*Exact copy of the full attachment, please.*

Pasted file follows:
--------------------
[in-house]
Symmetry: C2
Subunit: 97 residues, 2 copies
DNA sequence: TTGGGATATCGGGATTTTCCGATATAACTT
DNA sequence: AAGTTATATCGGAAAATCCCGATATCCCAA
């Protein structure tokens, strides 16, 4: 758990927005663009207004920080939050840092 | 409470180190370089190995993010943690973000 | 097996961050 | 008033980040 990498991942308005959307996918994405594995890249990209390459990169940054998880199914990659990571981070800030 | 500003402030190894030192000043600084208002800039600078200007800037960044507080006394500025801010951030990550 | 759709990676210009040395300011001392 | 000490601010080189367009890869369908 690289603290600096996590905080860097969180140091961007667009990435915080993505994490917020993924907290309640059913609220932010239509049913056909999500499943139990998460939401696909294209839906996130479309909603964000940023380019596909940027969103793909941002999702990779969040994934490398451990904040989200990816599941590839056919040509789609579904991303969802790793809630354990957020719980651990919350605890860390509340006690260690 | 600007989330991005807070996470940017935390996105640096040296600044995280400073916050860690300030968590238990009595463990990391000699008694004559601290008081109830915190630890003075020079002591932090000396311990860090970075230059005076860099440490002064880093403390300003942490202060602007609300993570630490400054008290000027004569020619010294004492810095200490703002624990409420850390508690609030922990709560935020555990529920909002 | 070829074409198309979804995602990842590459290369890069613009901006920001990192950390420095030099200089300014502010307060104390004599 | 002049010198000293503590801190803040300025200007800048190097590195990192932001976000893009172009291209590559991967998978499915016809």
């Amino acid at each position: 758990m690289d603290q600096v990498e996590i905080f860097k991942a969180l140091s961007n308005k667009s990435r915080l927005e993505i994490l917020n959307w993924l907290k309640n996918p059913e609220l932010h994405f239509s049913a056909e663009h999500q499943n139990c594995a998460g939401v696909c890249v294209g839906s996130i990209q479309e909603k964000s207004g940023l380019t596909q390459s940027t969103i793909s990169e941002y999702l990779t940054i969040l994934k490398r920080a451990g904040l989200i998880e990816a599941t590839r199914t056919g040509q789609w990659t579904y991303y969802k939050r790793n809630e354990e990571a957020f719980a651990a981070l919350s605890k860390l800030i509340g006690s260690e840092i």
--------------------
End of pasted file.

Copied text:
[in-house]
Symmetry: C2
Subunit: 97 residues, 2 copies
DNA sequence: TTGGGATATCGGGATTTTCCGATATAACTT
DNA sequence: AAGTTATATCGGAAAATCCCGATATCCCAA
């Protein structure tokens, strides 16, 4: 758990927005663009207004920080939050840092 | 409470180190370089190995993010943690973000 | 097996961050 | 008033980040 990498991942308005959307996918994405594995890249990209390459990169940054998880199914990659990571981070800030 | 500003402030190894030192000043600084208002800039600078200007800037960044507080006394500025801010951030990550 | 759709990676210009040395300011001392 | 000490601010080189367009890869369908 690289603290600096996590905080860097969180140091961007667009990435915080993505994490917020993924907290309640059913609220932010239509049913056909999500499943139990998460939401696909294209839906996130479309909603964000940023380019596909940027969103793909941002999702990779969040994934490398451990904040989200990816599941590839056919040509789609579904991303969802790793809630354990957020719980651990919350605890860390509340006690260690 | 600007989330991005807070996470940017935390996105640096040296600044995280400073916050860690300030968590238990009595463990990391000699008694004559601290008081109830915190630890003075020079002591932090000396311990860090970075230059005076860099440490002064880093403390300003942490202060602007609300993570630490400054008290000027004569020619010294004492810095200490703002624990409420850390508690609030922990709560935020555990529920909002 | 070829074409198309979804995602990842590459290369890069613009901006920001990192950390420095030099200089300014502010307060104390004599 | 002049010198000293503590801190803040300025200007800048190097590195990192932001976000893009172009291209590559991967998978499915016809």
């Amino acid at each position: 758990m690289d603290q600096v990498e996590i905080f860097k991942a969180l140091s961007n308005k667009s990435r915080l927005e993505i994490l917020n959307w993924l907290k309640n996918p059913e609220l932010h994405f239509s049913a056909e663009h999500q499943n139990c594995a998460g939401v696909c890249v294209g839906s996130i990209q479309e909603k964000s207004g940023l380019t596909q390459s940027t969103i793909s990169e941002y999702l990779t940054i969040l994934k490398r920080a451990g904040l989200i998880e990816a599941t590839r199914t056919g040509q789609w990659t579904y991303y969802k939050r790793n809630e354990e990571a957020f719980a651990a981070l919350s605890k860390l800030i509340g006690s260690e840092i």